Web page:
Veryl Oakland’s “Jazz in Available Light” — photos (and stories) of Frank Morgan, Charles Lloyd/Michel Petrucciani, and Emily Remler

April 24th, 2020

.

.

.
…..Jazz in Available Light, Illuminating the Jazz Greats from the 1960s, ’70s, and ’80s is one of the most impressive jazz photo books to be published in a long time. Featuring the brilliant photography of Veryl Oakland — much of which has never been published — it is also loaded with his often remarkable and always entertaining stories of his experience with his subjects.

…..With the gracious consent of Mr. Oakland — an active photojournalist who devoted nearly thirty years in search of the great jazz musicians — Jerry Jazz Musician regularly publishes a series of posts featuring excerpts of the photography and stories/captions found in this important book.

In this edition, Mr. Oakland’s photographs and stories feature Frank Morgan, Charles Lloyd/Michel Petrucciani, and Emily Remler.

 

.

.

All photographs copyright Veryl Oakland. All text excerpted from Jazz in Available Light, Illuminating the Jazz Greats from the 1960s, ’70s, and ’80s

.

You can read Mr. Oakland’s introduction to this series by clicking here

.

.

_____

.

.

 

 

© Veryl Oakland

.

Careers Saved by Significant Partners

Frank Morgan

Oakland, California

.

.

 

 

…..The setting could easily have been seen as totally scripted, but this was no act.

…..Watching and photographing the pair as they strolled along the Berkeley Marina – two blissful soulmates, so much in love – there was no avoiding what was obvious. Locked in a warm embrace, the couple practically floated as one as they made their way along the boardwalk. I couldn’t help but notice all the passers-by, their heads turning to witness the magnetism radiating between these two.

…..Here it was in May of 1987. For those who knew his story, it was perfectly understandable why Frank Morgan would now be projecting such a warm, inviting glow wherever he went. That’s because after 30 wasted years, mostly spent within prison walls, the alto saxophonist had at last tasted true freedom. He had found his guardian angel, artist Rosalinda Kolb, and because of her, was now back on the scene and finally receiving long-overdue critical acclaim as a major voice in jazz.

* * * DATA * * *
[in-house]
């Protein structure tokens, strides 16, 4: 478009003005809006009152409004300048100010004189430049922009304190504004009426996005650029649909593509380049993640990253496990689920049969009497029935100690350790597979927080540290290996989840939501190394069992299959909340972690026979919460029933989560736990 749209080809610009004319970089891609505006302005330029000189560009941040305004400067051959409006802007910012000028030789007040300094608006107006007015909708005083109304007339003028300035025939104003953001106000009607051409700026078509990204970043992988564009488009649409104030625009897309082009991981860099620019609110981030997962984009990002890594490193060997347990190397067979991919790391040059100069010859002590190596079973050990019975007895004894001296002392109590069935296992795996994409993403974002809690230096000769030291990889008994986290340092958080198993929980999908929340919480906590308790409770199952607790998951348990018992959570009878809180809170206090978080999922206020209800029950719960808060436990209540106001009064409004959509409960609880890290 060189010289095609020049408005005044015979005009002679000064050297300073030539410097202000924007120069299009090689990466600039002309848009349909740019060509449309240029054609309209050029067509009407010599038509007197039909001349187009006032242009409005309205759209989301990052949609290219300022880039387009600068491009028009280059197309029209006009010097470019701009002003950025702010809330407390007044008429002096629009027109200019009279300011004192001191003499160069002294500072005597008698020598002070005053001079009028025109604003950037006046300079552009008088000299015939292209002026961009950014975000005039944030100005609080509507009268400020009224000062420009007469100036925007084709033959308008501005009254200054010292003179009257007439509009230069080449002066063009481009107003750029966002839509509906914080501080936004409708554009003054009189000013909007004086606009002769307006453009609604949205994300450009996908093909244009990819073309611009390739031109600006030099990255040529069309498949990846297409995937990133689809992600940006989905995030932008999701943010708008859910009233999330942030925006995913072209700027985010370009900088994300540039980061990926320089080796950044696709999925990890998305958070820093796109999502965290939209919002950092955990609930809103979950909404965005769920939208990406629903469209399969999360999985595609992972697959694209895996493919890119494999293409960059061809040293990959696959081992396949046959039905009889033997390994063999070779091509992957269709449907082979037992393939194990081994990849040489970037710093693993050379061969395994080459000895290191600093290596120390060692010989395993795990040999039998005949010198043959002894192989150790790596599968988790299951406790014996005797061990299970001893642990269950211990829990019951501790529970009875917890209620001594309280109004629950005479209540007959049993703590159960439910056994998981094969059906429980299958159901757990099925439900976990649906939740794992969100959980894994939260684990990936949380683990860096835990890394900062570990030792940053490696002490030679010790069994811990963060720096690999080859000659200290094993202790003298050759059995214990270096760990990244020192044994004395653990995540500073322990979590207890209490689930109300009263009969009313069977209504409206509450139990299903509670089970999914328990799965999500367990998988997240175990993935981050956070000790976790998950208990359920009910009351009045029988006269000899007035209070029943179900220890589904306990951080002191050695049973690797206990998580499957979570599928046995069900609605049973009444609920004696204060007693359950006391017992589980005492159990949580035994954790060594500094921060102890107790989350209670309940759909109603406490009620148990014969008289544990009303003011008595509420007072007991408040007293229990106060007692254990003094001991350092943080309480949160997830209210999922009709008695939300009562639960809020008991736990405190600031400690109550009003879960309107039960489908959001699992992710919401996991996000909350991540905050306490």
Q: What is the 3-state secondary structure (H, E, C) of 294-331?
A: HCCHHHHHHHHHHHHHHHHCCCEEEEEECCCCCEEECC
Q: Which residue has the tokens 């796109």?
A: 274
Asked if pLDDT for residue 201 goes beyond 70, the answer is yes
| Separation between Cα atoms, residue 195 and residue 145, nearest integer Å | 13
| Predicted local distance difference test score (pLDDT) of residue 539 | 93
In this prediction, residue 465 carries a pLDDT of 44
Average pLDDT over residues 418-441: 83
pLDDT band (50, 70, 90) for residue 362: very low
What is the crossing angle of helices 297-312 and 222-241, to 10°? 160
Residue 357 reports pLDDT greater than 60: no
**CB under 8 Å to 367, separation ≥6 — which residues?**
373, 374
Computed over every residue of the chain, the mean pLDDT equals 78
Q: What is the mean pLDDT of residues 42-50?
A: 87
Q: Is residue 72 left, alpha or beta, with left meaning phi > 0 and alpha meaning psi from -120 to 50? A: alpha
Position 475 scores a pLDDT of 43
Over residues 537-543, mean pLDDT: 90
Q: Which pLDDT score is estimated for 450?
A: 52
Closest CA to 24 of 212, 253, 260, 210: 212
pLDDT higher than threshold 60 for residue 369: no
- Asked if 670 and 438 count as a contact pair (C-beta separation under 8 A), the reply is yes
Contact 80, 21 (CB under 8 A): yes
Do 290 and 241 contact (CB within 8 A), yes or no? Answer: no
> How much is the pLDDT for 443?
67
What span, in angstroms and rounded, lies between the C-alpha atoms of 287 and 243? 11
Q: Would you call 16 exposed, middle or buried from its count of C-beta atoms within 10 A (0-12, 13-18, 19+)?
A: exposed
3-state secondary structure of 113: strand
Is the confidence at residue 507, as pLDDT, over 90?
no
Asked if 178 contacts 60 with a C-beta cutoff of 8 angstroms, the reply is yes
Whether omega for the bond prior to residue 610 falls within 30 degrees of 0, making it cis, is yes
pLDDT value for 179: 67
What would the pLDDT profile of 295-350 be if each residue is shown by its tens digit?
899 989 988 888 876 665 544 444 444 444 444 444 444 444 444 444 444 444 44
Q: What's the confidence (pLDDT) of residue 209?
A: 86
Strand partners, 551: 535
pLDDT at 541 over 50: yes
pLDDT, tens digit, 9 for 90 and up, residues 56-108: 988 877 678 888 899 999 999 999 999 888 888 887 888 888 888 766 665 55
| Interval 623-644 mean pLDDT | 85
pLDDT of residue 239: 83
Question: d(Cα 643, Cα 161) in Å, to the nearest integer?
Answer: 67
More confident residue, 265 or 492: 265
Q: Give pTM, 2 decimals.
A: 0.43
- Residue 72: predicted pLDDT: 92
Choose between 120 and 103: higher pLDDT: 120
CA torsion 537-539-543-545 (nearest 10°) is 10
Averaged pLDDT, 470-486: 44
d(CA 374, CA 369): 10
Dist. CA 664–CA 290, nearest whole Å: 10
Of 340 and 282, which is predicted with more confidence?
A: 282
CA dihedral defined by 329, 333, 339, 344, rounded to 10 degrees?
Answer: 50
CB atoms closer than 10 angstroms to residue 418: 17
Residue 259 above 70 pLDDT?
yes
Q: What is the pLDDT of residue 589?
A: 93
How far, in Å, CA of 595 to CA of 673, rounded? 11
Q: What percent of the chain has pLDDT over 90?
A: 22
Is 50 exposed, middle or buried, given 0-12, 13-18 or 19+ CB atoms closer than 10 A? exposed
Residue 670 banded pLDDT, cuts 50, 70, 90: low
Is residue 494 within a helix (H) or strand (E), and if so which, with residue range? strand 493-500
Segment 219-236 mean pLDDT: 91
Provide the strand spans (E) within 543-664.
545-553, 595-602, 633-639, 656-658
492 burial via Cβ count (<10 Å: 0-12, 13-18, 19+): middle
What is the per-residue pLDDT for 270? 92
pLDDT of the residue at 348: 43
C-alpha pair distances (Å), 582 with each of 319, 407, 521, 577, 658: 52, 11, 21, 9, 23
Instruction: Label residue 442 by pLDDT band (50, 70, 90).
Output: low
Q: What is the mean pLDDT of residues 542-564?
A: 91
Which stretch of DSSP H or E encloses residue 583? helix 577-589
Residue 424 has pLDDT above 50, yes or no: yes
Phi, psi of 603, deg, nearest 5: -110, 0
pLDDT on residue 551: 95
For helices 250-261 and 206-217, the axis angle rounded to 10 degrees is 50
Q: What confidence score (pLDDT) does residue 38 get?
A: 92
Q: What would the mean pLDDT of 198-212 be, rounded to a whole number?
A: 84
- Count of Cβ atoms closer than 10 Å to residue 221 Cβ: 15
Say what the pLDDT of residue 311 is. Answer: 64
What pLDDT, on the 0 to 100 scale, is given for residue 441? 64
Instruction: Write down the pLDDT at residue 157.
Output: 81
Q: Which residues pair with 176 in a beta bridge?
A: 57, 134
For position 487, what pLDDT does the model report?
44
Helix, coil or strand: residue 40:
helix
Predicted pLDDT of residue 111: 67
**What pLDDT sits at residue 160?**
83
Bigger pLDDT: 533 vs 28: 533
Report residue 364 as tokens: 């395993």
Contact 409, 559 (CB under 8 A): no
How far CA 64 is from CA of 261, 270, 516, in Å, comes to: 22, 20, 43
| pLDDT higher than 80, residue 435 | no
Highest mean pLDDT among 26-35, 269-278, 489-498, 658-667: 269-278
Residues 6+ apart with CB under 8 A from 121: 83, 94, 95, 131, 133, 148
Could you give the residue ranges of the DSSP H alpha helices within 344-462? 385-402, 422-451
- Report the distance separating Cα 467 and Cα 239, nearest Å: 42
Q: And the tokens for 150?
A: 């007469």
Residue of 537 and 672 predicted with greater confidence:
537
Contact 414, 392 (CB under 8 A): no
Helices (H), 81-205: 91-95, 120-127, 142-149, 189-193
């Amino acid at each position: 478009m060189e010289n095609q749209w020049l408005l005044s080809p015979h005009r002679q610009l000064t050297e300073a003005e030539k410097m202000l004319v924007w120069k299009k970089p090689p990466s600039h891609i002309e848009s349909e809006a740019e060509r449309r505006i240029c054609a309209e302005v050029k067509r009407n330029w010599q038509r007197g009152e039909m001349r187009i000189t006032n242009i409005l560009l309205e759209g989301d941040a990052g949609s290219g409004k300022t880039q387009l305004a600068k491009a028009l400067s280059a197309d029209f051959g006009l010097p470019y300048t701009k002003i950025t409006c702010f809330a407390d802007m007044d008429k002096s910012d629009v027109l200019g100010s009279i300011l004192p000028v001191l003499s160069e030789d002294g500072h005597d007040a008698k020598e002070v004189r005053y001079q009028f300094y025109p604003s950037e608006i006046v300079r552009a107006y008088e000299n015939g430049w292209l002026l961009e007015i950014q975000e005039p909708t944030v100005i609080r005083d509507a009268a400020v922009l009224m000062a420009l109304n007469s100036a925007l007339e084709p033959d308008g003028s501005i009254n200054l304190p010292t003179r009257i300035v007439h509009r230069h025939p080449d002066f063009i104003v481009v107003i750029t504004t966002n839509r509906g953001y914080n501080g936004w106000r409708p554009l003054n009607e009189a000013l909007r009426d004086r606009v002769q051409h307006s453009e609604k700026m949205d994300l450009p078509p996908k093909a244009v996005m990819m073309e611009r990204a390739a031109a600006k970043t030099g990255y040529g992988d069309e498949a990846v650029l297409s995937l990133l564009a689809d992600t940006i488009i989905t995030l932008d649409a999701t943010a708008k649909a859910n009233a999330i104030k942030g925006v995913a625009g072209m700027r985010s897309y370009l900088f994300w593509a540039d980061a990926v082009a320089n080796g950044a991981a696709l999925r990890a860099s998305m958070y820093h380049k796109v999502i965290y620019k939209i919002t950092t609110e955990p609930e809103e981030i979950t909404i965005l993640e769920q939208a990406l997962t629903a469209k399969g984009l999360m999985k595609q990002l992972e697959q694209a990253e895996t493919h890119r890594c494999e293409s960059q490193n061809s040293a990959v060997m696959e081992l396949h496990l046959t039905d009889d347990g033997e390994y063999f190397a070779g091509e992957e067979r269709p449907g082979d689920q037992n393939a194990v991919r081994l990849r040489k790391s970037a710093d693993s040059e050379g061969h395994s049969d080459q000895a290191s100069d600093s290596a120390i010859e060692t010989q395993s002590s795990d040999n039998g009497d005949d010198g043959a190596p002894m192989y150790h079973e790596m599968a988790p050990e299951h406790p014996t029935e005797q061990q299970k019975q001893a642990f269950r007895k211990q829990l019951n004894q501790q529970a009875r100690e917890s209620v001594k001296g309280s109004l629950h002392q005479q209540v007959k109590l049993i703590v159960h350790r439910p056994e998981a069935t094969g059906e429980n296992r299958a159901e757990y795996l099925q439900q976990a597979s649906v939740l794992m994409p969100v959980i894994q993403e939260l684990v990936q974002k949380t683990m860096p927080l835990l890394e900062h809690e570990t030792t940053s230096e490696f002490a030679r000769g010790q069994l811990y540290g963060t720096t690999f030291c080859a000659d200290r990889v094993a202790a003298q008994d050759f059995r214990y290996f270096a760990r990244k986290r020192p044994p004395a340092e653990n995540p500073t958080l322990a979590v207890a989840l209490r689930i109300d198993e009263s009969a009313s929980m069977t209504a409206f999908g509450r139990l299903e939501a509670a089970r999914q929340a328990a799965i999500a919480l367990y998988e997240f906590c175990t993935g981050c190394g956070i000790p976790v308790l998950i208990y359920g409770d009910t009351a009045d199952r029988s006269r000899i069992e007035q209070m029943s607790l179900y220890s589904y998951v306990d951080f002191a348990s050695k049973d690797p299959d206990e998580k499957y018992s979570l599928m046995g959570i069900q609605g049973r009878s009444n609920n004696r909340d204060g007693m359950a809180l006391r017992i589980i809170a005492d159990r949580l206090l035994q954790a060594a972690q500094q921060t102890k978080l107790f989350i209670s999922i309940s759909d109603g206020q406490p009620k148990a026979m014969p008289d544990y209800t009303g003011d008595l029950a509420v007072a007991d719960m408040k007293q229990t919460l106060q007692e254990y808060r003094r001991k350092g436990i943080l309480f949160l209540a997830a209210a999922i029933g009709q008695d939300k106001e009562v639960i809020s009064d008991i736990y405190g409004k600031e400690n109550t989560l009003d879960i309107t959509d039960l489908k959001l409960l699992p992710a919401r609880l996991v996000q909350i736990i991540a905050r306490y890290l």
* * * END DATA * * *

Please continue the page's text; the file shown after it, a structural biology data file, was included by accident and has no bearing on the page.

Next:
…..Like so many other musicians during the 1940s who became totally absorbed by the new and scintillating sounds of bebop and its leading practitioners – including trumpeter Dizzy Gillespie and alto saxophonist Charlie “Yardbird” Parker – it was only natural to want to emulate everything about these jazz giants. 

…..For Morgan, the intense love affair of “all things Bird” actually began when he was just seven years old. His guitarist father had taken him to see the Jay McShann Orchestra featuring Parker; afterwards, he even got to meet and talk with the alto legend in his dressing room. By age 12, Frank had mastered many of Bird’s solos, and in his early 20s had already recorded, including his debut album as a leader. But by then, he had also embraced Parker’s heroin habit and destructive lifestyle. What followed would be a ruinously long span of incarceration.

…..Coming back after missing out on three decades of what should have been the most productive period of his playing career was not easy. Not for Morgan, nor for Kolb, his virtual companion for the last 30 years of his life. 

…..In her book, Leave ‘Em Hungry: A Love Story and Cautionary Tale, Rosalinda talked about those trying times, the difficulties of working with someone of Frank’s nature, where addiction absolutely ruled his life. For nine years from the time of their first meeting until Morgan’s final release in 1985, it was a near constant struggle getting Frank to break his cycle of dependence and face the responsibilities of surviving in the real world.

…..I spent most of that late spring day with the two Southern California transplants in and around their Victorian-style home in Oakland. It was a happy time. They had just returned from Frank’s New York debut – a week-long gig at the Village Vanguard – which had produced a cascade of rave reviews.

…..Remarkably, in less than two years – following the distribution of his long-awaited, return-to-the-scene record, Easy Living, with pianist Cedar Walton – Frank had already completed a total of five albums. A sixth, featuring pianist McCoy Tyner, had just wrapped up and was now in production. Morgan’s bookings were coming in from far and wide.